In Canada, it should really come as no surprise then that these small cities make up the vast majority of our nation’s population, made up as we are of 10 large urban centres, followed by fifty-one smaller communities that fall into the book’s definition of a small city, and as enumerated by the Federation of Canadian Municipalities (FCM). More often than not, it is the unfortunate case that the issue of homelessness has helped to identify these cities through their need for government assistance through various federal and provincial programs available, now fewer and far between.
The fact that both the federal and provincial governments have over the past few decades offloaded much of their responsibilities in regards to these issues onto municipalities in the name of neoliberalism is a recurring theme throughout the book, starting with the shuttering of the sixty year old CMHC’s National Housing Strategy in 1993 by the Conservative government (recently relaunched by the Trudeau government in 2017).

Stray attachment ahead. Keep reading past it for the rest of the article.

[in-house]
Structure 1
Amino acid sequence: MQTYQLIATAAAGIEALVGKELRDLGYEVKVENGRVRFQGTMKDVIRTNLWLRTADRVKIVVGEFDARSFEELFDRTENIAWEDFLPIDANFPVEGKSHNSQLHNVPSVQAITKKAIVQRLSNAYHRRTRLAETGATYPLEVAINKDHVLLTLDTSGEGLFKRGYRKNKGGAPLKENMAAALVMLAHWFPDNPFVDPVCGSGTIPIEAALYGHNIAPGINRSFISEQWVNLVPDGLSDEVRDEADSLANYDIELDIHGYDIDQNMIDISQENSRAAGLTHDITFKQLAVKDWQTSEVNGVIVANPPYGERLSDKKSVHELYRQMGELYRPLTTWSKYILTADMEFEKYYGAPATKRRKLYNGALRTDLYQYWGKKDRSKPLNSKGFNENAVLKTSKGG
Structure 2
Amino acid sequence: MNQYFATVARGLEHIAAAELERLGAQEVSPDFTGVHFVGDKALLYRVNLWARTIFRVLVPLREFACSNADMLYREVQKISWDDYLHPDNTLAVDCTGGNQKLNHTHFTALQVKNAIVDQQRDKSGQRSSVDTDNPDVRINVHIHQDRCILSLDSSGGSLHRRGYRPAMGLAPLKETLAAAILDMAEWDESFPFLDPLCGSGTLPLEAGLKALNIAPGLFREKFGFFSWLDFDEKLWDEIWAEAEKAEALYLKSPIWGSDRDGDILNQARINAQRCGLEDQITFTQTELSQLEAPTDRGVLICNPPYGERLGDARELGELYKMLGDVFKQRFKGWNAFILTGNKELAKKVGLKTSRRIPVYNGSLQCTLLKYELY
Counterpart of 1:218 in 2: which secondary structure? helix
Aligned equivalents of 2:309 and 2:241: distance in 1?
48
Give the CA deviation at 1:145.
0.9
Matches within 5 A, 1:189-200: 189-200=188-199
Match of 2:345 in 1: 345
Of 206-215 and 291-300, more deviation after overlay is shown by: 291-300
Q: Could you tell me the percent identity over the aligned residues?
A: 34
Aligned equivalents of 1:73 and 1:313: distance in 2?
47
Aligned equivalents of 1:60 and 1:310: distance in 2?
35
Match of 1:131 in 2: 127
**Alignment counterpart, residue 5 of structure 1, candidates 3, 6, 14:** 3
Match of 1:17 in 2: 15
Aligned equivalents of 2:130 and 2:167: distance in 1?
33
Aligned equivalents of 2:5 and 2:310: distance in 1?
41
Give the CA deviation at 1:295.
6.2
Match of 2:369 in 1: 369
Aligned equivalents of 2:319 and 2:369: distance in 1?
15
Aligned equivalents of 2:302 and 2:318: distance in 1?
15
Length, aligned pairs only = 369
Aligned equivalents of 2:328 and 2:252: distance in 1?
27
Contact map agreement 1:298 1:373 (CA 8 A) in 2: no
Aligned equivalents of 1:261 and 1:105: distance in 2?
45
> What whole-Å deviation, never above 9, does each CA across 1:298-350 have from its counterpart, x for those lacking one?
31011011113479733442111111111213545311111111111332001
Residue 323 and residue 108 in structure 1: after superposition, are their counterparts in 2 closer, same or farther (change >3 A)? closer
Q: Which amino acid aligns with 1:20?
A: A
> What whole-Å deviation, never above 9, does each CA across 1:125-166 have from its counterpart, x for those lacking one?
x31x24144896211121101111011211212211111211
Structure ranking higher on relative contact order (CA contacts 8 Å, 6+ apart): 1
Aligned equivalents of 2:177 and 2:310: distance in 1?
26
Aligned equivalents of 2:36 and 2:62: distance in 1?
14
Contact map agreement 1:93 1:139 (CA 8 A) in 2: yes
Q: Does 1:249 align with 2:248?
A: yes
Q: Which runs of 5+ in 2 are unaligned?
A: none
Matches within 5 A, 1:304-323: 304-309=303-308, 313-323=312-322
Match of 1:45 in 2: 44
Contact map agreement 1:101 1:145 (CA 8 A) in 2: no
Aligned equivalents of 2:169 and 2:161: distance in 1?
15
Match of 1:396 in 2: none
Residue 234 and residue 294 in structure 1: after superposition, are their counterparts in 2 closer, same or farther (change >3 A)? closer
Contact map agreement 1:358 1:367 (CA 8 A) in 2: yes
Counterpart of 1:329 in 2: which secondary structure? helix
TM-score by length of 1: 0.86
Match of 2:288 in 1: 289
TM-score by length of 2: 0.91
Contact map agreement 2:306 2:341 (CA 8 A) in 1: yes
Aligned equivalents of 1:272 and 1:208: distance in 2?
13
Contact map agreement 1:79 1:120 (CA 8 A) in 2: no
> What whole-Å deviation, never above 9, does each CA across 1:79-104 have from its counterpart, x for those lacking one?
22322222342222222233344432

This also provides the subject matter for the book’s opening chapter, ‘Homelessness in Small Cities: The Abdication of Federal Responsibility,’ written by the book’s editors, who point out that it is less expensive to house someone living on the street than it is to pay for the fallout directly associated with their being homeless.
“By the late 1990’s, neither the federal government not the provincial administrations were addressing the housing needs of low-income citizens in any significant way. In 2014, it was estimated that, over the previous two decades, some 100,000 units of affordable housing had not been built owing to the cancellation of programs.”
For homelessness itself, as it turns out, is the pervasive thread that runs through all the other issues dealt with in this book, and with both the federal and provincial governments downloading it to the nation’s municipalities, each city has been on its own to solve this complex problem with limited resources, often resulting in the exacerbation of one problem into several. And for the smaller cities, which have even less resources upon which to draw, it has made matters even worse, as is evident in the case studies presented here.